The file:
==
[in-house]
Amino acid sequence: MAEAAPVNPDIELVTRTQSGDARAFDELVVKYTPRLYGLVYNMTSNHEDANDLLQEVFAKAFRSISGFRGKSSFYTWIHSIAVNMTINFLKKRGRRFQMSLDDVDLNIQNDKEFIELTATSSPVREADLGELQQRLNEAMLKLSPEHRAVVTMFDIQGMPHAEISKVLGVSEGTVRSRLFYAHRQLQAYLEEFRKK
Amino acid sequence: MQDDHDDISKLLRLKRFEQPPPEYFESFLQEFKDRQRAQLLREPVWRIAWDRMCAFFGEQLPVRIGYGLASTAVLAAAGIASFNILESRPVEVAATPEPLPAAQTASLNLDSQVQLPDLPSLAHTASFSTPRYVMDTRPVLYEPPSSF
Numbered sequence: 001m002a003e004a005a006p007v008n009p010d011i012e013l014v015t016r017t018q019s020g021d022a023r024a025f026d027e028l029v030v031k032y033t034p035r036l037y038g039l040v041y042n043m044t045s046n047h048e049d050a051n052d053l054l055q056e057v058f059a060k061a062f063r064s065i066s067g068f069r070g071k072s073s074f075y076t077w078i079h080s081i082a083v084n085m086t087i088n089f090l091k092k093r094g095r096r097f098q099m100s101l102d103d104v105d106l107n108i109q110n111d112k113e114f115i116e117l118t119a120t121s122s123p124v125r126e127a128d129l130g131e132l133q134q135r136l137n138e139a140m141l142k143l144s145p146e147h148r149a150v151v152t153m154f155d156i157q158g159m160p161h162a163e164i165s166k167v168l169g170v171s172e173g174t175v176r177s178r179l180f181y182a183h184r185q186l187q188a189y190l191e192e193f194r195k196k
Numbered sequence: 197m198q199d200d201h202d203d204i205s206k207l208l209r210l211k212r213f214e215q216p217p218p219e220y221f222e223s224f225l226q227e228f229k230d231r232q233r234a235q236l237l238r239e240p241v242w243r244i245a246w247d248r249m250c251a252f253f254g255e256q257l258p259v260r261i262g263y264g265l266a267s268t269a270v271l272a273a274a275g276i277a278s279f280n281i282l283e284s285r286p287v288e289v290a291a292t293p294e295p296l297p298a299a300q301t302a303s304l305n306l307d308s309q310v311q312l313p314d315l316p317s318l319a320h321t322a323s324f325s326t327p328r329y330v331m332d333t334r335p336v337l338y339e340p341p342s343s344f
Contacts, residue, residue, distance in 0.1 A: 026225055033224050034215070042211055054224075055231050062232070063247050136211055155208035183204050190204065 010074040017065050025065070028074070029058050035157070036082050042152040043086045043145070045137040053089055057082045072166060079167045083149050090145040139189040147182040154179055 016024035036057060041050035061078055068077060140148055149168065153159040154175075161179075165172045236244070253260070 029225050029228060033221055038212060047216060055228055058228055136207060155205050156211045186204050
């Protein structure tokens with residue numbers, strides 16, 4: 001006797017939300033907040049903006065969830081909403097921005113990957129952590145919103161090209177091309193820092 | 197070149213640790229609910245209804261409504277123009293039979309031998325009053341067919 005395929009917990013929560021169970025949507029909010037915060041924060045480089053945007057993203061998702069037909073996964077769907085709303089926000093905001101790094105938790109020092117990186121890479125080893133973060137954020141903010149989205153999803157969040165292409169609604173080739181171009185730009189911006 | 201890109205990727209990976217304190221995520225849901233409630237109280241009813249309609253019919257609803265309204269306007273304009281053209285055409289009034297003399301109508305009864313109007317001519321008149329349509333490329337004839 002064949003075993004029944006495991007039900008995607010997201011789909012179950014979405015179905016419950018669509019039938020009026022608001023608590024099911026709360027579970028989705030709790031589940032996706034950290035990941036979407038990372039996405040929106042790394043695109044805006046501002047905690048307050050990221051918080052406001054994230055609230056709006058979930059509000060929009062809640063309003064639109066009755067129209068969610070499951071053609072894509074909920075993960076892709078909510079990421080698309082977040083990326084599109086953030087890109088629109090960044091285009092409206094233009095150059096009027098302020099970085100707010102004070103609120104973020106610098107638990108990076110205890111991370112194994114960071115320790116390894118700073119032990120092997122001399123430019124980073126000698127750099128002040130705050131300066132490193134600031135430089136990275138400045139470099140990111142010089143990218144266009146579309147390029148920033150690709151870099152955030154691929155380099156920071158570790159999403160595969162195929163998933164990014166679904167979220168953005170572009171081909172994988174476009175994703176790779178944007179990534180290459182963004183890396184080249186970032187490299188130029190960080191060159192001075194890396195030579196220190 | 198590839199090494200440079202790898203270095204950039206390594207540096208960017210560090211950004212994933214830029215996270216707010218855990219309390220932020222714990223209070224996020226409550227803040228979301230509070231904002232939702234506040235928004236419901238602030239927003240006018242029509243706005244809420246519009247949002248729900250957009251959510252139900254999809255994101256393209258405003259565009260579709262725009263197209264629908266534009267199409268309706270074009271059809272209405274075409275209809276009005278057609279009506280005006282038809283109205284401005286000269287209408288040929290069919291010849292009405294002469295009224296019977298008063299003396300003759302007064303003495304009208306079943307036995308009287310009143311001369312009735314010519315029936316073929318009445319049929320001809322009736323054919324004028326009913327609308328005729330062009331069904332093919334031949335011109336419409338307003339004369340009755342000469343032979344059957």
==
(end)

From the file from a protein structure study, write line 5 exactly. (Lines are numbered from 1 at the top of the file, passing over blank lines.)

Numbered sequence: 197m198q199d200d201h202d203d204i205s206k207l208l209r210l211k212r213f214e215q216p217p218p219e220y221f222e223s224f225l226q227e228f229k230d231r232q233r234a235q236l237l238r239e240p241v242w243r244i245a246w247d248r249m250c251a252f253f254g255e256q257l258p259v260r261i262g263y264g265l266a267s268t269a270v271l272a273a274a275g276i277a278s279f280n281i282l283e284s285r286p287v288e289v290a291a292t293p294e295p296l297p298a299a300q301t302a303s304l305n306l307d308s309q310v311q312l313p314d315l316p317s318l319a320h321t322a323s324f325s326t327p328r329y330v331m332d333t334r335p336v337l338y339e340p341p342s343s344f